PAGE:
A guide to music licensing

What is a public performance licence?

Music licensing is something of a legal minefield. Understandably, many business owners don't understand why they have to pay for music licences over and above paying for the music itself. And from not just one but two separate organisations in most countries. The PRS and PPL in the UK.

Our short guide to music licensing explains what your legal obligations when playing music in your business premises are, and how it is that by using MusicStream excusively you can avoid these obligations and associated costs:

  • When a business plays music to customers or staff it's classed as a public performance (as opposed to personal use). Public performance requires a licence so that money can be passed back to the rights owners.
  • PRS (the Performing Rights Society) represents the composers and publishing companies that own the copyrights in the song / composition. It collects public performance licence income and distributes back to the rights holders who register their compositions with the PRS.
  • The purchase of a CD only grants the owner limited rights - for example for personal use - it does not give the pruchaser the right to publicly perform or broadcast it. That right is what you are paying for when you purchase a PRS licence and it is a legal obligation.
  • It's worth mentioning that the likes of iTunes, Napster and Spotify are not licensed by the rights owners (labels & publishers) to be used for business use in any event - whether you have a PRS and PPL licence or not!
  • PPL (Phonographic Performance Ltd.) has a similar role but for recordings rather than compositions. It is the collection agency for the owners of the 'master recording', i.e. the physical or digital recording itself rather than the piece of music, typically a record label and its recording artists. In the U.K. it is also a legal obligation to have a PPL licence to play sound recordings in public in most situations.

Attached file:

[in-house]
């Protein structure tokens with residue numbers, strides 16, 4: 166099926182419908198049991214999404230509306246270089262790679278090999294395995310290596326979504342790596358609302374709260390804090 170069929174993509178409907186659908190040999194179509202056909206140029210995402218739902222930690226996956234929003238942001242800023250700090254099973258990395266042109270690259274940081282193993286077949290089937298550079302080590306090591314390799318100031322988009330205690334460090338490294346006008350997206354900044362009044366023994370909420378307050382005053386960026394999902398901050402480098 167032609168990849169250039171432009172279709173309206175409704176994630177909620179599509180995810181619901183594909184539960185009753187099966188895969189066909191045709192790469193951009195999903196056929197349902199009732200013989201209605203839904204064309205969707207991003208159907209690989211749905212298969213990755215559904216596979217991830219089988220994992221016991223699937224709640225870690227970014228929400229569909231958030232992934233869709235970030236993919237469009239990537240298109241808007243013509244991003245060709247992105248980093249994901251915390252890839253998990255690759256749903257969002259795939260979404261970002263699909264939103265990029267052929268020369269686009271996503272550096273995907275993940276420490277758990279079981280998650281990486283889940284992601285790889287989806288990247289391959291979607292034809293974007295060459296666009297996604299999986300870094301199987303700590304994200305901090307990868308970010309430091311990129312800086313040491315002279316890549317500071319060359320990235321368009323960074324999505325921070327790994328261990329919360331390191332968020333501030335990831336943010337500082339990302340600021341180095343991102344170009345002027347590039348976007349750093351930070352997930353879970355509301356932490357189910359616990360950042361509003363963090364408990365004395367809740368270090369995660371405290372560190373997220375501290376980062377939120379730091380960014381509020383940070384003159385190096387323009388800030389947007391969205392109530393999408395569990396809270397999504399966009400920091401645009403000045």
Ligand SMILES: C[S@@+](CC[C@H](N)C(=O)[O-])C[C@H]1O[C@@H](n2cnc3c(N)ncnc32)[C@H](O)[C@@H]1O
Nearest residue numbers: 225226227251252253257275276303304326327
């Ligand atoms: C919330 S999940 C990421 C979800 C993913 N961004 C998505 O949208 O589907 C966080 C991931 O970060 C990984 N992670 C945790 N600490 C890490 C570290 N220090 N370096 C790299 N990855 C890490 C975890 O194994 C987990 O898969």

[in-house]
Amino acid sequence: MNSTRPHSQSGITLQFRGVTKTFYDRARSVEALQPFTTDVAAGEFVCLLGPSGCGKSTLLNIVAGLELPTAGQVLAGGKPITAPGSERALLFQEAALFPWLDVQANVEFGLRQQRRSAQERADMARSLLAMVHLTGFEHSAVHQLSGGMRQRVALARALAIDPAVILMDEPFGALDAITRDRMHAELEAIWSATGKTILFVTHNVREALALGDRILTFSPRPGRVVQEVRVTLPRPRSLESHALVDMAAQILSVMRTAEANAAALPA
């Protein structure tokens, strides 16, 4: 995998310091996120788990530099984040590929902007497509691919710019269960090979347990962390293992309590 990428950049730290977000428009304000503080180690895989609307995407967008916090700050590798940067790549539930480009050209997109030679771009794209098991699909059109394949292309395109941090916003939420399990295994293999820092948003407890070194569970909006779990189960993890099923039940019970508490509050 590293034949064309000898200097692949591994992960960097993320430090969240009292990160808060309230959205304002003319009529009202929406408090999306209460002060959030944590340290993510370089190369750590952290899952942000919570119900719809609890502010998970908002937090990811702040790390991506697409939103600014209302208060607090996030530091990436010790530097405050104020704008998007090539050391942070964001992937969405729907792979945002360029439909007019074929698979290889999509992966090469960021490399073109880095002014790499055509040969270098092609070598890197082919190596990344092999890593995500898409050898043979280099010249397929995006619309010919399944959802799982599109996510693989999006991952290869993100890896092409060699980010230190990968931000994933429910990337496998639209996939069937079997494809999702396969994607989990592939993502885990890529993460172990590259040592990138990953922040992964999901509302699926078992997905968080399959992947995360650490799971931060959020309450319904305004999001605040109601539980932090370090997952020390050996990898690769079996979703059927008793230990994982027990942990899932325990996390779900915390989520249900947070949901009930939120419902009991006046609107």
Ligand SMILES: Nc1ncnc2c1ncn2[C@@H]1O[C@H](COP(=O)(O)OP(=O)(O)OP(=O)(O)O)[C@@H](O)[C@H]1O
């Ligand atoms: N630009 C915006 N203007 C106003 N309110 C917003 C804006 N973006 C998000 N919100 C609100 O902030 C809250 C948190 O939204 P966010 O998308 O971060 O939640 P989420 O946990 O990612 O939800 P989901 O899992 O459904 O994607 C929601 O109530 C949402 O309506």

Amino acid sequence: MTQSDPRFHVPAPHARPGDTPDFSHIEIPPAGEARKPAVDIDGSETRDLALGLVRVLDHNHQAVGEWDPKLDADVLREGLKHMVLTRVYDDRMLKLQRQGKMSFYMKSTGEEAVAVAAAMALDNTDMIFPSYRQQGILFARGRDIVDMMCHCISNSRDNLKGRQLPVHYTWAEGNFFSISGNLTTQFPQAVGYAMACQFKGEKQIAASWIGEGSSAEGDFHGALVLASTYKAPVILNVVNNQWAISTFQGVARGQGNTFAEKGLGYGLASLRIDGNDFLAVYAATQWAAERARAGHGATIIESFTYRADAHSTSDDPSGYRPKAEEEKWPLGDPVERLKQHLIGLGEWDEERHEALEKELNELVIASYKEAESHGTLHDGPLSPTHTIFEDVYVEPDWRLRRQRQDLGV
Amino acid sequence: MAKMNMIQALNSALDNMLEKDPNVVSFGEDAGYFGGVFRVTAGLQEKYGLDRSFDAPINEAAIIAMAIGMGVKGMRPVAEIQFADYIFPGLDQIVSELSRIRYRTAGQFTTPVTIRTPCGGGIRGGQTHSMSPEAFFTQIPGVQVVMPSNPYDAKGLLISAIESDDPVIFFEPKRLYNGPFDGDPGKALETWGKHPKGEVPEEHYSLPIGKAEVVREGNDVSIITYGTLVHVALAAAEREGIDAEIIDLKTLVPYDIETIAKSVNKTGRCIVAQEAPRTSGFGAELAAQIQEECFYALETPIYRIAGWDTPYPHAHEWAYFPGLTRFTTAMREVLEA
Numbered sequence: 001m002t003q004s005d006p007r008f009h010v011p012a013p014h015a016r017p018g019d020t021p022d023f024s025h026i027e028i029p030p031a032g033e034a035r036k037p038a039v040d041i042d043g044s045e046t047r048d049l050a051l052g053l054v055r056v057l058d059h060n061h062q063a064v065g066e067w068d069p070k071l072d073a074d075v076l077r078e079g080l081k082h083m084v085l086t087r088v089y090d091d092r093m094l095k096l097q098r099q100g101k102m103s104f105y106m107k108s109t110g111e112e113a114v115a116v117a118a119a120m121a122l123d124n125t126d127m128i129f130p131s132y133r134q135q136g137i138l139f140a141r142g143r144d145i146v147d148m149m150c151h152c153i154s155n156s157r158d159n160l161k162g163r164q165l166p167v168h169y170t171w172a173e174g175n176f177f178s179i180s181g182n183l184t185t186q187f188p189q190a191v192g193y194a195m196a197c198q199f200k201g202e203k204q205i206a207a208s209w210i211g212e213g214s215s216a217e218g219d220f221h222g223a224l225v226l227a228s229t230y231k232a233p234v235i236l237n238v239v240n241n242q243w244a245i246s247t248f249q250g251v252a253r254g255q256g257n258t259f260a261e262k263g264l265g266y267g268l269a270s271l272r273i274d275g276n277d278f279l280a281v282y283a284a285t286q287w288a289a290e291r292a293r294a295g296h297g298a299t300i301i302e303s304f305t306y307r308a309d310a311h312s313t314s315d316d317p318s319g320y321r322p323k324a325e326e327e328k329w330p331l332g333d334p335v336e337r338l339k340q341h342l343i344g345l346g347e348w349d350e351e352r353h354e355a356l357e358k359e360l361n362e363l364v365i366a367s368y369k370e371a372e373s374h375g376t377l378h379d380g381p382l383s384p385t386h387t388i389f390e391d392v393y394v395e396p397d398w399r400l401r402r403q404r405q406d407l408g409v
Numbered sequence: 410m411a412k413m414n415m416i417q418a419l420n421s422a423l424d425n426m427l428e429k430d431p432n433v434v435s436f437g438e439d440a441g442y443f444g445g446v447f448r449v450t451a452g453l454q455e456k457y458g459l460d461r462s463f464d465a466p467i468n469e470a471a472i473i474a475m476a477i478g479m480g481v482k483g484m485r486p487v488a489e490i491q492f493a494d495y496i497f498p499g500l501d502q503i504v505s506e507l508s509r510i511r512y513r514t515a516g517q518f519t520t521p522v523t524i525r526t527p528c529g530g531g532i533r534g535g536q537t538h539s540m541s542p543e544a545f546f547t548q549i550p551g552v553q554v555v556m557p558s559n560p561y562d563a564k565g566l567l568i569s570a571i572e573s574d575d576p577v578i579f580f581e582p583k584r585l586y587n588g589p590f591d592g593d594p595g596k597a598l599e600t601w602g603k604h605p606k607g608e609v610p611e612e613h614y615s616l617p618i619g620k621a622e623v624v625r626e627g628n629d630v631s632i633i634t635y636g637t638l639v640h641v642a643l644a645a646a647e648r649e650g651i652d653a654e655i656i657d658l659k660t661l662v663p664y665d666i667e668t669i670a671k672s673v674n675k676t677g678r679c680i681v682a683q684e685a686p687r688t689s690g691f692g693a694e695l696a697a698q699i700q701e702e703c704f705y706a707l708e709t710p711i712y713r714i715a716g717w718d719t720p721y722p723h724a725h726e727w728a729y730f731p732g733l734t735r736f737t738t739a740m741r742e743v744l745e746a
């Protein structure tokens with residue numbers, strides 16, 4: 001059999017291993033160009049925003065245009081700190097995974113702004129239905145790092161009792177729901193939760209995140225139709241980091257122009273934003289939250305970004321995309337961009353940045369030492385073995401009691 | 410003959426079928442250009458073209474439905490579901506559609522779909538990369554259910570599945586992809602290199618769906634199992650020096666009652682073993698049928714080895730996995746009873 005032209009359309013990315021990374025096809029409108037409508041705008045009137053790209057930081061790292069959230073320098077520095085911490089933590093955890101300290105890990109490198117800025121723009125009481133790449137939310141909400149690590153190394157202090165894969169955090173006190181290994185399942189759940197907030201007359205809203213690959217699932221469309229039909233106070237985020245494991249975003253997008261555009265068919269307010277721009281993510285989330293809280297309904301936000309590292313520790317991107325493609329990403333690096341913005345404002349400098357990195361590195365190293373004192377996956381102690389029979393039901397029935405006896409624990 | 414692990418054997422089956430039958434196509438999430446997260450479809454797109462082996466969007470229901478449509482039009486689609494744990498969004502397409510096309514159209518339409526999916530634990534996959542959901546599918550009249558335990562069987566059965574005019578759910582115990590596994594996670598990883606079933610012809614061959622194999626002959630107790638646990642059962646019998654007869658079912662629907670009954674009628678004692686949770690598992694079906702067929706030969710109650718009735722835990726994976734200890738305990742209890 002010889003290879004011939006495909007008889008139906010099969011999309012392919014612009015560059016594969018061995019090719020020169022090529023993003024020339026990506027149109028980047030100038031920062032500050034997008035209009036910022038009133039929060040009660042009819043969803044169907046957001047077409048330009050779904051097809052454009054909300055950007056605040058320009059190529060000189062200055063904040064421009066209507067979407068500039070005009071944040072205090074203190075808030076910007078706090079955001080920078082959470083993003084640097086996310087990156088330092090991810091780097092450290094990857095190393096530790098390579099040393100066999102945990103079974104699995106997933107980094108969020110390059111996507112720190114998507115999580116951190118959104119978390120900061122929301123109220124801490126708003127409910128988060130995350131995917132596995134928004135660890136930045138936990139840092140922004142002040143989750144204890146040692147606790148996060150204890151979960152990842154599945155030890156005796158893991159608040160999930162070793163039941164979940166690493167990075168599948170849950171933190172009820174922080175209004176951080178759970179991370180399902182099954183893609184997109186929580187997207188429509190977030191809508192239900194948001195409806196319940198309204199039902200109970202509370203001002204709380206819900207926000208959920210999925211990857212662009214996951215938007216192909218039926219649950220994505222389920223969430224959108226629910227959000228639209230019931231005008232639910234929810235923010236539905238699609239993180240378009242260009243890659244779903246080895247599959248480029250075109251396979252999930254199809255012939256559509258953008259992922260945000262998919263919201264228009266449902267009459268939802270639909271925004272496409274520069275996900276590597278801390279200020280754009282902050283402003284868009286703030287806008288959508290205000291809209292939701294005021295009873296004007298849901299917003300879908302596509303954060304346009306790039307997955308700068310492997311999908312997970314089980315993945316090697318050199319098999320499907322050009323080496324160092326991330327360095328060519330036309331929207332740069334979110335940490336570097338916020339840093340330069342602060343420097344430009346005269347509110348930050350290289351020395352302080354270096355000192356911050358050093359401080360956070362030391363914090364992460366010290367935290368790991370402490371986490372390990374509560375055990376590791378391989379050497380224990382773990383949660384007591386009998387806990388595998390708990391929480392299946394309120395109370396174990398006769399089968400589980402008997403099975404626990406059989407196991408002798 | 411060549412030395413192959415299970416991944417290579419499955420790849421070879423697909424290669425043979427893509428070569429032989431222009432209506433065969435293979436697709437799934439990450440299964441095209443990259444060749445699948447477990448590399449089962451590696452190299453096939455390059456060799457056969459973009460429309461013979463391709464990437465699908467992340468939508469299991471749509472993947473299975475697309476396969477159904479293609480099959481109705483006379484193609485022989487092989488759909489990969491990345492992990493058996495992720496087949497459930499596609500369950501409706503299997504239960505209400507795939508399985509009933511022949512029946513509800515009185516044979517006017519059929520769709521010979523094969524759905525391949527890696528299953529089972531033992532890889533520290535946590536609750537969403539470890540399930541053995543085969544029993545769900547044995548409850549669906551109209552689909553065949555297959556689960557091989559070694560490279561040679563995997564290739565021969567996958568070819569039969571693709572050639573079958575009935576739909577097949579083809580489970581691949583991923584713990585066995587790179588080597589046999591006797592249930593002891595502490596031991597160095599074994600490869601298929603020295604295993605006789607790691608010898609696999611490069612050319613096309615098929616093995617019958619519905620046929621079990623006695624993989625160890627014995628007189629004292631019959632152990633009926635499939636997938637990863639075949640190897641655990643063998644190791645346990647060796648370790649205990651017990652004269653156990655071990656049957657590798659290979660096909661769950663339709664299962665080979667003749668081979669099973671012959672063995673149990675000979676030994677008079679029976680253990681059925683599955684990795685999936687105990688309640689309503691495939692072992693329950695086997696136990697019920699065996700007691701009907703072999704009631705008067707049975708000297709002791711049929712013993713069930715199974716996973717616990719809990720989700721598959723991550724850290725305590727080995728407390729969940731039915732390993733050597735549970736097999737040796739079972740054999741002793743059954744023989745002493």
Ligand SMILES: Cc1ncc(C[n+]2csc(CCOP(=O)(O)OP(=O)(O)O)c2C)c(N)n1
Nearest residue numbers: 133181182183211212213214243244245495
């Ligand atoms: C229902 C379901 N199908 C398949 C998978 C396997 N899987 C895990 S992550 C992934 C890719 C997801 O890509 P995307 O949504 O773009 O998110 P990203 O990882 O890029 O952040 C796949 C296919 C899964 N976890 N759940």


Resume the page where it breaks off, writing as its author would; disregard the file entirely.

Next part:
• The tariffs that the collection agencies apply are notoriously complicated and many small businesses only become aware of their licensing obligations when they are pursued by one or both of these bodies.
  • Tariffs are calculated based on various criteria, for example audible area, which can result in huge bills for larger sites.
  • To avoid paying these fees you must play rights-inclusive music exclusively in a given defined space.

All MusicStream tracks are 'rights-inclusive'

There are many terms used to describe music that requires no performance licence inclusing royalty-free, rights-inclusive, rights-paid, licence-free. MusicStream buys the rights or acquires licence agreements for Music not registered with the collection agencies and we then licence it directly to you, so you no longer have to deal with PRS or PPL. 

Unlike consumer  streaming services (like Spotify and Napster) and download sites like iTunes, that are illegal to use in a commercial environment, MusicStream is designed for business.

  • Find out how we source our 'rights-inclusive' music. read more iconMore
  • How does MusicStream work? read more iconMore
  • Features and pricing. read more iconMore
  • Frequently asked questions. read more iconMore

 

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